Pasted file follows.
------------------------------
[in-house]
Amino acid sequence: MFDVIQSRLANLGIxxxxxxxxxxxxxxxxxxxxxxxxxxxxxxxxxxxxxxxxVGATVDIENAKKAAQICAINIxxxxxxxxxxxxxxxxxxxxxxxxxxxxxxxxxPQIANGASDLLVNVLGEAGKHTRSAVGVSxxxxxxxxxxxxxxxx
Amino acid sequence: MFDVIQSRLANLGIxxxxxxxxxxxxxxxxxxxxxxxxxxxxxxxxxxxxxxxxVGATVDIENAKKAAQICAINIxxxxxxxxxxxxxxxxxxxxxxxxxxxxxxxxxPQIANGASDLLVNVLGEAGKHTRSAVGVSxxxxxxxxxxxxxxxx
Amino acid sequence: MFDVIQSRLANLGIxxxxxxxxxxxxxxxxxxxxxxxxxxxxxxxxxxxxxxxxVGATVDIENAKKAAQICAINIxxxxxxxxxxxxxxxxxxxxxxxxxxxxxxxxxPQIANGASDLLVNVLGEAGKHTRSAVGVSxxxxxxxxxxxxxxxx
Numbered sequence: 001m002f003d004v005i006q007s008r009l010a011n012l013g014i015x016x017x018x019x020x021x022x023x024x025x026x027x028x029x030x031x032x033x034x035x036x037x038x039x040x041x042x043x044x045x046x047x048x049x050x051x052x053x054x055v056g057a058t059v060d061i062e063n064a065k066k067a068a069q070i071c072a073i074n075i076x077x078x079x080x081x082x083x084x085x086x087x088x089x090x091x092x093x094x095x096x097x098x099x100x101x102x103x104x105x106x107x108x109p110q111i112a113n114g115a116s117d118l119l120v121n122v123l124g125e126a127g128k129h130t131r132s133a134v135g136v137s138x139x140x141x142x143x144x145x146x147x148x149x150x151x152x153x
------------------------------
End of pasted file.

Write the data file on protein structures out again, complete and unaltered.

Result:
[in-house]
Amino acid sequence: MFDVIQSRLANLGIxxxxxxxxxxxxxxxxxxxxxxxxxxxxxxxxxxxxxxxxVGATVDIENAKKAAQICAINIxxxxxxxxxxxxxxxxxxxxxxxxxxxxxxxxxPQIANGASDLLVNVLGEAGKHTRSAVGVSxxxxxxxxxxxxxxxx
Amino acid sequence: MFDVIQSRLANLGIxxxxxxxxxxxxxxxxxxxxxxxxxxxxxxxxxxxxxxxxVGATVDIENAKKAAQICAINIxxxxxxxxxxxxxxxxxxxxxxxxxxxxxxxxxPQIANGASDLLVNVLGEAGKHTRSAVGVSxxxxxxxxxxxxxxxx
Amino acid sequence: MFDVIQSRLANLGIxxxxxxxxxxxxxxxxxxxxxxxxxxxxxxxxxxxxxxxxVGATVDIENAKKAAQICAINIxxxxxxxxxxxxxxxxxxxxxxxxxxxxxxxxxPQIANGASDLLVNVLGEAGKHTRSAVGVSxxxxxxxxxxxxxxxx
Numbered sequence: 001m002f003d004v005i006q007s008r009l010a011n012l013g014i015x016x017x018x019x020x021x022x023x024x025x026x027x028x029x030x031x032x033x034x035x036x037x038x039x040x041x042x043x044x045x046x047x048x049x050x051x052x053x054x055v056g057a058t059v060d061i062e063n064a065k066k067a068a069q070i071c072a073i074n075i076x077x078x079x080x081x082x083x084x085x086x087x088x089x090x091x092x093x094x095x096x097x098x099x100x101x102x103x104x105x106x107x108x109p110q111i112a113n114g115a116s117d118l119l120v121n122v123l124g125e126a127g128k129h130t131r132s133a134v135g136v137s138x139x140x141x142x143x144x145x146x147x148x149x150x151x152x153x